Alexander SorosAssociate Fellow
Alexander Soros is a doctoral candidate in the history department of the University of California at Berkeley. In 2012, he established the Alexander Soros Foundation, which supports human rights, social justice, and educational causes.
Ian StoreyAssociate Fellow
Ian Storey is co-editor with Roger Berkowitz of Archives of Thinking, and author of the forthcoming Hungers on Sugar Hill: Hannah Arendt, the New York Poets, and the Remaking of Metropolis, which examines postwar changes in the urban politics of race, class, and representation through the lens of Arendt’s first experiences of the United States. He also produces contemporary adaptations of German theater, including Rise and Fall of the City of Mahagonny, Antigone des Sophokles, and St. Joan of the Stockyards. Having received his Ph.D. in Political Science from the University of Chicago, Storey’s work centers on urban politics, the politics of aesthetics, and democratic theory.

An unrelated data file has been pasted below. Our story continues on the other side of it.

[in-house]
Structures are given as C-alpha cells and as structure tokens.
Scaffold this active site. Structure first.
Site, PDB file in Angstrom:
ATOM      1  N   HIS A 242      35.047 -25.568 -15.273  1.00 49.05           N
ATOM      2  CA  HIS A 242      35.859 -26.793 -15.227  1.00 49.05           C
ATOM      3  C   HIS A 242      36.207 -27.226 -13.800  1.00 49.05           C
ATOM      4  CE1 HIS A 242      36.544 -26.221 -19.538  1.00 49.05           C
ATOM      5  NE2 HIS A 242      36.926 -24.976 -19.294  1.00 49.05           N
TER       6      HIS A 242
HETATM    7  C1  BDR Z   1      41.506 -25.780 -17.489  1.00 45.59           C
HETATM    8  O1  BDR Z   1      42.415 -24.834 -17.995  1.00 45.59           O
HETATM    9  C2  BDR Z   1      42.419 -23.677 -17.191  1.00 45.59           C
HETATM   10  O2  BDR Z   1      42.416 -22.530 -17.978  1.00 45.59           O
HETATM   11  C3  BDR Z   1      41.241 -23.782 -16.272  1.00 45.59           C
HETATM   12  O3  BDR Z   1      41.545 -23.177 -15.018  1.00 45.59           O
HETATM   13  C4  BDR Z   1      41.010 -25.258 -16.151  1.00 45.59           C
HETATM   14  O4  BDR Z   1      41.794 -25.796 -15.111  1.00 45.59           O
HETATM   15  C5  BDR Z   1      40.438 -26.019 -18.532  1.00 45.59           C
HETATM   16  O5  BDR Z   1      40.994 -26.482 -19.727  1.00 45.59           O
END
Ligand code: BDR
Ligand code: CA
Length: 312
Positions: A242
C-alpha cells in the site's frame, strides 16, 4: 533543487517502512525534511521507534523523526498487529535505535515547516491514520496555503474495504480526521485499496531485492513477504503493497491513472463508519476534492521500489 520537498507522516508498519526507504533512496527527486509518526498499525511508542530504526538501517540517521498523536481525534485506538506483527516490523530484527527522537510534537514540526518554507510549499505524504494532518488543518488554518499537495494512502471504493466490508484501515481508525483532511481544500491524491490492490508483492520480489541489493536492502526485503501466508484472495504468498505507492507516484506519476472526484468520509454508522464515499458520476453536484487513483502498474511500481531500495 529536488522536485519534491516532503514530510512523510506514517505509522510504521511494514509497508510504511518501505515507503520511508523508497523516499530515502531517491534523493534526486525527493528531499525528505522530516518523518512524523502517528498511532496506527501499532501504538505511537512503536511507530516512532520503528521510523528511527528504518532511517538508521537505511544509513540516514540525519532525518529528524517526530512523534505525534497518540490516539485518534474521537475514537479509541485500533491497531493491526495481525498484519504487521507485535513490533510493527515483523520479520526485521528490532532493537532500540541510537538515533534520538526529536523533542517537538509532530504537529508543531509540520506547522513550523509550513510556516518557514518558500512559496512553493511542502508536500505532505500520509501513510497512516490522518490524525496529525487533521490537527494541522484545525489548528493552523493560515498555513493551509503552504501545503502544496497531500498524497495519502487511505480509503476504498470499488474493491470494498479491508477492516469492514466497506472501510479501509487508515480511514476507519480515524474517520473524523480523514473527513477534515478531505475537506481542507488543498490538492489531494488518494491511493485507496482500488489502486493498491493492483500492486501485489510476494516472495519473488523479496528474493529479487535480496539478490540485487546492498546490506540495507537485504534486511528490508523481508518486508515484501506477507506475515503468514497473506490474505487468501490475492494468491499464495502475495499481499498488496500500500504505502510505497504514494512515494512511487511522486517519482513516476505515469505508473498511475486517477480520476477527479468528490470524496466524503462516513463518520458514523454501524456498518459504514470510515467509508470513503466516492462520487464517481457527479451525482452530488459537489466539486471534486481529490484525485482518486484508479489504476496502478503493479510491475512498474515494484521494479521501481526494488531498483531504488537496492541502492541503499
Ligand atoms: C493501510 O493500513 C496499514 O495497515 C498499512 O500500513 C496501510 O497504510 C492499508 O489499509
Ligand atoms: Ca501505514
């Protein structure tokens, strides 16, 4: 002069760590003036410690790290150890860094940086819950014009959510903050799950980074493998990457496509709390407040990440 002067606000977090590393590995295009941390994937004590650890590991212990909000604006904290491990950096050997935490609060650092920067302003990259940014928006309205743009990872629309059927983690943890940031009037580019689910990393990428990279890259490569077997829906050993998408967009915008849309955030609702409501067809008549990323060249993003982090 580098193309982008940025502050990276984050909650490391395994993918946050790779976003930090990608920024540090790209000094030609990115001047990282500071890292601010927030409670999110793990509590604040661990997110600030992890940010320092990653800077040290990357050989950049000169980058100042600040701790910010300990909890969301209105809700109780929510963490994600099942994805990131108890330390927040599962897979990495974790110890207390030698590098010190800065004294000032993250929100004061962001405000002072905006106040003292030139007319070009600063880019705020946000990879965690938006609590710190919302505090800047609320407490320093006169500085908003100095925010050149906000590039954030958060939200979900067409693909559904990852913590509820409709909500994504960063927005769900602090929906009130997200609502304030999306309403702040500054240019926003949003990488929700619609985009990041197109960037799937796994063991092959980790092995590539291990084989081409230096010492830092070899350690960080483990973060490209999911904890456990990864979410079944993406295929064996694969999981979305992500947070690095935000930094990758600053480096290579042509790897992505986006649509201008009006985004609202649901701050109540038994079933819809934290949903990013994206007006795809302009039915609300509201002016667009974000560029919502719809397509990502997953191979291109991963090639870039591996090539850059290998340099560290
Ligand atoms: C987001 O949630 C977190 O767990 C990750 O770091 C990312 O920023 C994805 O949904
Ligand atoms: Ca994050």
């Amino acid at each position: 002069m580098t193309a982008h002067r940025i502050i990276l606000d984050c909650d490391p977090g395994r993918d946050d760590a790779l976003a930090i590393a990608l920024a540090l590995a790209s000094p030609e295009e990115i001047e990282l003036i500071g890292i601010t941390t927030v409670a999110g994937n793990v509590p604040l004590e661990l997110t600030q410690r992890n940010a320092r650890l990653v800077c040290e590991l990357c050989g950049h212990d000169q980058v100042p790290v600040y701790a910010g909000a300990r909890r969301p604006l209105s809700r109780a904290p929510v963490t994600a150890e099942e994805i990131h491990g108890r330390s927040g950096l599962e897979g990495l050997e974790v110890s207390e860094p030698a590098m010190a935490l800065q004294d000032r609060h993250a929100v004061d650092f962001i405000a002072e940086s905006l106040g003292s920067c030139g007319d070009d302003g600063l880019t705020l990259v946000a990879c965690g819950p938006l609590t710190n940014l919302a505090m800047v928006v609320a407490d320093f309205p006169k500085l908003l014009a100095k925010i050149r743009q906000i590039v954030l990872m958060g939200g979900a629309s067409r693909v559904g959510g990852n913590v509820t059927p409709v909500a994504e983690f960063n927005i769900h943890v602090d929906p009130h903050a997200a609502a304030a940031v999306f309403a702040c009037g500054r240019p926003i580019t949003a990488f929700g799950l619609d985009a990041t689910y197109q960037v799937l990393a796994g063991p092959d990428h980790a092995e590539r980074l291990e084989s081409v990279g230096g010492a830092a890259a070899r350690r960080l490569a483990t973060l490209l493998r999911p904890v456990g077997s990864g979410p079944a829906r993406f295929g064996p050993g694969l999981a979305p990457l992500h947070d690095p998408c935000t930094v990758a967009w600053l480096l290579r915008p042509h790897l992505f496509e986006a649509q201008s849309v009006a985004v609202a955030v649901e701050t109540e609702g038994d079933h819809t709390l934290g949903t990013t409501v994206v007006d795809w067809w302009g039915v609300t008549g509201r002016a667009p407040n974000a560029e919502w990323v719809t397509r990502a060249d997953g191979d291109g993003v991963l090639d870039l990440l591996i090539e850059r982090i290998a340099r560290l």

Mark Williams Jr.Associate Fellow
Mark Williams Jr. is a public health educator and program manager in the Department of Neurology at the Columbia University Irving Medical
Center, where he develops and tests community-based behavioral interventions for African American populations in NIH-funded randomized
control trials. He is also a fellow at the Hannah Arendt Center for Politics and the Humanities at Bard College, and is the former Director of Access,
Equity, and Inclusion Programs at Bard High School Early College Manhattan, where he designed and taught social and behavioral sciences courses
for high school and college students. His research focuses on the pragmatics of harm reduction and community-based participatory research to
address health disparities in urban environments, the bioethics of emerging concepts and technologies in the biomedical sciences, and the
relationship between public health, aesthetic philosophy, and critical theory in health communications. He is an award-winning teacher and student
mentor having most recently been recognized in 2020 with the Outstanding Educator Award from the University of Chicago, for his commitment